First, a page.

Remgro unit appoints CEO to exploit DFA, Vumatel assets
Remgro-controlled Community Investment Ventures Holdings (CIVH) has named Raymond Ndlovu as its CEO.
This as the company looks to solidify its position in the South African telecoms space.
CIVH says it has appointed Ndlovu to drive and lead its ambitious growth plans. He will be accountable to the company’s board of directors, which is chaired by Remgro strategic investments executive and former Vodacom CEO Pieter Uys.
Ndlovu’s primary objective is to create a diversified wholesale, open-access ICT infrastructure business, to enhance the existing asset base.
CIVH is active in the telecommunications and information technology sectors. The group’s major operating companies are Dark Fibre Africa (DFA) and Vumatel, which constructs and owns fibre-optic networks.
According to the investment firm, the open-access business models of both DFA and Vumatel have fostered the rapid growth and development of a competitive telecoms landscape in South Africa.
DFA has deployed over 16 000km of ducting infrastructure in major South African metros, secondary cities and smaller towns. The company says its network runs with an uptime of 99.98%.
Vumatel pioneered fibre-to-the-home (FTTH) in SA and has since connected thousands of homes across Johannesburg, Cape Town and Durban to broadband Internet. The company, which has a footprint in excess of 600 000 homes, anticipates there are at least a further 700 000 homes in emerging markets.
In a statement, CIVH says Ndlovu’s appointment coincides with the confirmation of several other senior appointments, including Kobus Viljoen as chief financial officer, Andries Delport as chief technical officer and Neo Moshimane as chief corporate officer.
Vodacom announced Delport's resignation from the company this week after spending 23 years with the mobile operator, where he also worked with Uys. He will join CIVH in May 2020.
According to Ndlovu, the idea behind the new executive team is to strengthen CIVH’s position in the telecommunications market and down the line, “we are looking to create a diversified ICT infrastructure network business”.
In an interview with ITWeb, Ndlovu said there are no plans to merge DFA and Vumatel, and the companies will continue to operate separately.
He says CIVH is looking to create synergies between the two entities. “The companies will retain their identities.”
DFA is more enterprise-driven, providing fibre-to-the-business services and Vumatel services to the FTTH market, Ndlovu explains.
“We initially started by investing in DFA, and last year, we acquired Vumatel. When combined, these companies have become a significant business. Thus, it’s prudent to create capacity at the centre of the holding company – CIVH – to facilitate all the required strategic and operational targets,” he notes.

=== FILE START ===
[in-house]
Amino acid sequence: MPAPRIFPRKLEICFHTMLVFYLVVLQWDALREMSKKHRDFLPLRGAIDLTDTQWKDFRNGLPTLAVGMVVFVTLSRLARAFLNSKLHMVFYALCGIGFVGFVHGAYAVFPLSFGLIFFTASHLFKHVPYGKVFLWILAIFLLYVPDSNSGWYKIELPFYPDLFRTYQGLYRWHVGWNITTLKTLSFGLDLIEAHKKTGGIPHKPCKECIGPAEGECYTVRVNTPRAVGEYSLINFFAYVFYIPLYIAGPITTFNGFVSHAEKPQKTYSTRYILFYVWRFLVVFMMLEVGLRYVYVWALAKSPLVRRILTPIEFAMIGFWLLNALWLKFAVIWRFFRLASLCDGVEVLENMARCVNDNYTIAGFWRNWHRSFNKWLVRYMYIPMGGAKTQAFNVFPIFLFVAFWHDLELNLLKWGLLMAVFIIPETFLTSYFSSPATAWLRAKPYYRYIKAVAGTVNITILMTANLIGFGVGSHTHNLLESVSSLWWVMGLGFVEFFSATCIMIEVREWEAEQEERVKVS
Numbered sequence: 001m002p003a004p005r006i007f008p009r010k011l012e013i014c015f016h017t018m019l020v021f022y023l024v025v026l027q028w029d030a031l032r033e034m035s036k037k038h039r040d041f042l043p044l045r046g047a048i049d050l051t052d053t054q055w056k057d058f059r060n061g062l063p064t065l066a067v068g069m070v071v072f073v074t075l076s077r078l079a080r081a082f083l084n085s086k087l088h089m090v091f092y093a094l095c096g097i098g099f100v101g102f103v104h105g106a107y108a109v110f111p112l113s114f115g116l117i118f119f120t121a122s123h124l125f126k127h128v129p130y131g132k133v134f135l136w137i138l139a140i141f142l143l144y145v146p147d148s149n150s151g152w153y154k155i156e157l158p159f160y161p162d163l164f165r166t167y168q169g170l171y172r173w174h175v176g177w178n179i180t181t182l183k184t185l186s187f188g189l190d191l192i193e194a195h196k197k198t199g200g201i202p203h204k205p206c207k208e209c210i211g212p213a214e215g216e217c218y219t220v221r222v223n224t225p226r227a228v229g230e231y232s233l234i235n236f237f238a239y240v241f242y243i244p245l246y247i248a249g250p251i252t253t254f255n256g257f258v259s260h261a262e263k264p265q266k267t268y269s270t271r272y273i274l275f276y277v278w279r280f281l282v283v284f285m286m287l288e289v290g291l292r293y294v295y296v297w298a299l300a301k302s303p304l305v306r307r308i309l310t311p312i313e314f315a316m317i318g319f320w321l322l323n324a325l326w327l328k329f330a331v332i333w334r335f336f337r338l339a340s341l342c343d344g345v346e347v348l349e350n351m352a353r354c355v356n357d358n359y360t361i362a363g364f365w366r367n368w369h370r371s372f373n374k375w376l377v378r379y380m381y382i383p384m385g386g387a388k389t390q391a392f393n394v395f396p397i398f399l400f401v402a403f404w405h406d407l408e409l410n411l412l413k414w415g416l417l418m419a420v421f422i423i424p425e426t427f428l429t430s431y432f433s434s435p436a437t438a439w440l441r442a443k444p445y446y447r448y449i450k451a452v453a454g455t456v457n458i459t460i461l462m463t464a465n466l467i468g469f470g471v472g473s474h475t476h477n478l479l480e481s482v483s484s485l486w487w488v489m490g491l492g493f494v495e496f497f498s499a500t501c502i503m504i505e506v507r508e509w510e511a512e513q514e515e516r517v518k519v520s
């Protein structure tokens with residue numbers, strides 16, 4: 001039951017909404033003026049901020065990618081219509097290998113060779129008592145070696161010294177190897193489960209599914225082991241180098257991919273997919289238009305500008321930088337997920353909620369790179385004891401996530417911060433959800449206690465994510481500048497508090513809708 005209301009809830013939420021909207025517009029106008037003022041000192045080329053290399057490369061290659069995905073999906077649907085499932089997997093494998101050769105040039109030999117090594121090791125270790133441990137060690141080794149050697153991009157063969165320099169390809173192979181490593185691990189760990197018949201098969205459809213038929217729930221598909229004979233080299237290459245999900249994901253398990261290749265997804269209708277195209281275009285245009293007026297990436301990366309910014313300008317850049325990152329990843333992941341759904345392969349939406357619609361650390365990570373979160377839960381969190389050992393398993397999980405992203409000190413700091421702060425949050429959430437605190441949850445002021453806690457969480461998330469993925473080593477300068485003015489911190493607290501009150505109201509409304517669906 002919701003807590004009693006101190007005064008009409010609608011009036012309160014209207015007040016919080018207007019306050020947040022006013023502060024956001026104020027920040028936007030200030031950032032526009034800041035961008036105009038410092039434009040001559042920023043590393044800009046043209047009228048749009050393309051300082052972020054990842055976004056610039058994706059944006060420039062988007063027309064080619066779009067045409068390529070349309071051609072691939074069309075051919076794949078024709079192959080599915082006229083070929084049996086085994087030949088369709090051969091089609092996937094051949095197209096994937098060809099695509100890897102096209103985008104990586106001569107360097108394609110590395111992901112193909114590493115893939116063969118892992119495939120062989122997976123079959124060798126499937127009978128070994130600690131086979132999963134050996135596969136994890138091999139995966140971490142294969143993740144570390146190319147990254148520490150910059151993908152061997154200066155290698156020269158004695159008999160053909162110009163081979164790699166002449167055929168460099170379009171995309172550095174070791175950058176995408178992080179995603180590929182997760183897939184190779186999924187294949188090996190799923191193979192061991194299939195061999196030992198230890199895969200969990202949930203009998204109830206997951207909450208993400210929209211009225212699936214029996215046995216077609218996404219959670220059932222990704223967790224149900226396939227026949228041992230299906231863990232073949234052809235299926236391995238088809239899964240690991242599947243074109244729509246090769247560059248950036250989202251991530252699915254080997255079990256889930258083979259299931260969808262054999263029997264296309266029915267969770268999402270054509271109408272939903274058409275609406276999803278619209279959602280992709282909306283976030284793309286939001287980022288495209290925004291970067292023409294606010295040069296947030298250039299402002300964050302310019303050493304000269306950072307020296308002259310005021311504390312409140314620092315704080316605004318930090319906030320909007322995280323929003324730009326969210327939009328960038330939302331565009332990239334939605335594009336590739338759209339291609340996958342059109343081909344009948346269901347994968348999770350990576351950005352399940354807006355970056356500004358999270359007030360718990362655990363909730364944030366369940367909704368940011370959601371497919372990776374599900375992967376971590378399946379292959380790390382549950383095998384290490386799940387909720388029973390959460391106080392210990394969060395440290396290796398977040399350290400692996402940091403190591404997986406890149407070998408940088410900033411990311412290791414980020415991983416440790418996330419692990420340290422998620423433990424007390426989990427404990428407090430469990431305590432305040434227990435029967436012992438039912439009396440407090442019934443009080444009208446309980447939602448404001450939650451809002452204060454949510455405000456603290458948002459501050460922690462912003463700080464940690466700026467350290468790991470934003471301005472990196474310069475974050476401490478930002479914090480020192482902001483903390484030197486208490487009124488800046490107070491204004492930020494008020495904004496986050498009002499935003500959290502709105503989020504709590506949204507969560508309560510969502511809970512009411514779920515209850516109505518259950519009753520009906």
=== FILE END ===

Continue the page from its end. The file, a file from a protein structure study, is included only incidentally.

“In order for that to happen, CIVH needed someone to lead an executive team. The company needed people with a combination of business experience and leadership capabilities to head the business.”
In April, the Competition Commission approved the merger between CIVH and last mile fibre access provider Vumatel.
Before this, CIVH acquired 34.9% of Vumatel for an undisclosed amount last year, and entered into an agreement with Vumatel shareholders to acquire the remaining 65.1%, subject to funding and regulatory approvals.
CIVH also controls Dark Fibre Africa, a fibre-optic company which provides backhaul services to Vumatel.
DFA builds and operates optic-fibre infrastructure which is leased to wholesale customers such as Vumatel and its competitors in the last mile.
DFA also controls SA Digital Villages, a fibre-to-the-home provider and Internet service provider specialising in the installation, operation and maintenance of fibre-optic networks in residential areas and homes, on which it also provides customers with services.
DFA’s infrastructure covers large metropolitan areas, and its long-haul route between Gauteng and the east coast passes many small towns.
Before the merger was approved, Octotel, which also relies on DFA to provide it with backhaul services in the Western Cape, had raised concerns in relation to the proposed merger and was permitted to make submissions to the tribunal as an “intervenor”.
Octotel urged the tribunal to prohibit the merger, arguing the proposed conditions were insufficient to prevent CIVH, via DFA, favouring Vumatel at the expense of rivals.
In March, DFA announced it had opened an office in Harare, Zimbabwe, marking its first network expansion into African markets outside of SA.
CIVH is jointly controlled by Industrial Electronic Investment (IEI) and New GX. IEI is controlled by Venfin, which is, in turn, controlled by Remgro.
Ndlovu has been an investment executive for Remgro since 2013.
According to CIHV, he has garnered extensive corporate and entrepreneurial experience in various fields in the financial services industry, including investment banking, asset management, and stockbroking, since 1998.
He has held senior management positions with several organisations, namely Prodigy Asset Management, Metropolitan Life and Standard Chartered Merchant Bank. He co-founded and was CEO of institutional stockbroking firm, Noah, for 10 years, until July 2011.
In 2013, Ndlovu joined the venture investment division of the Remgro group, Invenfin, as an investment executive, before being reassigned to the parent company, Remgro.
“There has been a lot of speculation in the press recently about whether CIVH is appropriately structured, if it has the right kind of shareholders and whether we are in for the long haul. I want to assure you that all the current shareholders are deeply committed to the long-term success of the group,” he concludes.